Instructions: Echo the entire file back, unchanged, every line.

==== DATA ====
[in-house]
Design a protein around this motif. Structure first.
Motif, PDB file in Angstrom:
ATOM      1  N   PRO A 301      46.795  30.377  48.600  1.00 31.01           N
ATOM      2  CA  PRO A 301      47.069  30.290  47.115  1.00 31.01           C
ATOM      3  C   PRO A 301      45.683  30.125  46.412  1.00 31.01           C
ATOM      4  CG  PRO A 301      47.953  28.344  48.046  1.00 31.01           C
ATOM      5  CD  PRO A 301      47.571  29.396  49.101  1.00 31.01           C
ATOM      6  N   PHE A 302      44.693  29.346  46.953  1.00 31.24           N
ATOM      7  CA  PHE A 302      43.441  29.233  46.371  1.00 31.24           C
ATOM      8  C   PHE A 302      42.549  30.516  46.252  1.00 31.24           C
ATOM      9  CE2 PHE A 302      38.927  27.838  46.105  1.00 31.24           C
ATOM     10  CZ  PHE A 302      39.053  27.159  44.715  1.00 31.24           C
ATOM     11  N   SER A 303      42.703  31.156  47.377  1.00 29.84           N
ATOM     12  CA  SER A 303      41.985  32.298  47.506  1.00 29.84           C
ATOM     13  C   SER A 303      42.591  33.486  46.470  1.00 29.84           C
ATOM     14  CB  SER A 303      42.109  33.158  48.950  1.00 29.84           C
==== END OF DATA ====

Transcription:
[in-house]
Design a protein around this motif. Structure first.
Motif, PDB file in Angstrom:
ATOM      1  N   PRO A 301      46.795  30.377  48.600  1.00 31.01           N
ATOM      2  CA  PRO A 301      47.069  30.290  47.115  1.00 31.01           C
ATOM      3  C   PRO A 301      45.683  30.125  46.412  1.00 31.01           C
ATOM      4  CG  PRO A 301      47.953  28.344  48.046  1.00 31.01           C
ATOM      5  CD  PRO A 301      47.571  29.396  49.101  1.00 31.01           C
ATOM      6  N   PHE A 302      44.693  29.346  46.953  1.00 31.24           N
ATOM      7  CA  PHE A 302      43.441  29.233  46.371  1.00 31.24           C
ATOM      8  C   PHE A 302      42.549  30.516  46.252  1.00 31.24           C
ATOM      9  CE2 PHE A 302      38.927  27.838  46.105  1.00 31.24           C
ATOM     10  CZ  PHE A 302      39.053  27.159  44.715  1.00 31.24           C
ATOM     11  N   SER A 303      42.703  31.156  47.377  1.00 29.84           N
ATOM     12  CA  SER A 303      41.985  32.298  47.506  1.00 29.84           C
ATOM     13  C   SER A 303      42.591  33.486  46.470  1.00 29.84           C
ATOM     14  CB  SER A 303      42.109  33.158  48.950  1.00 29.84           C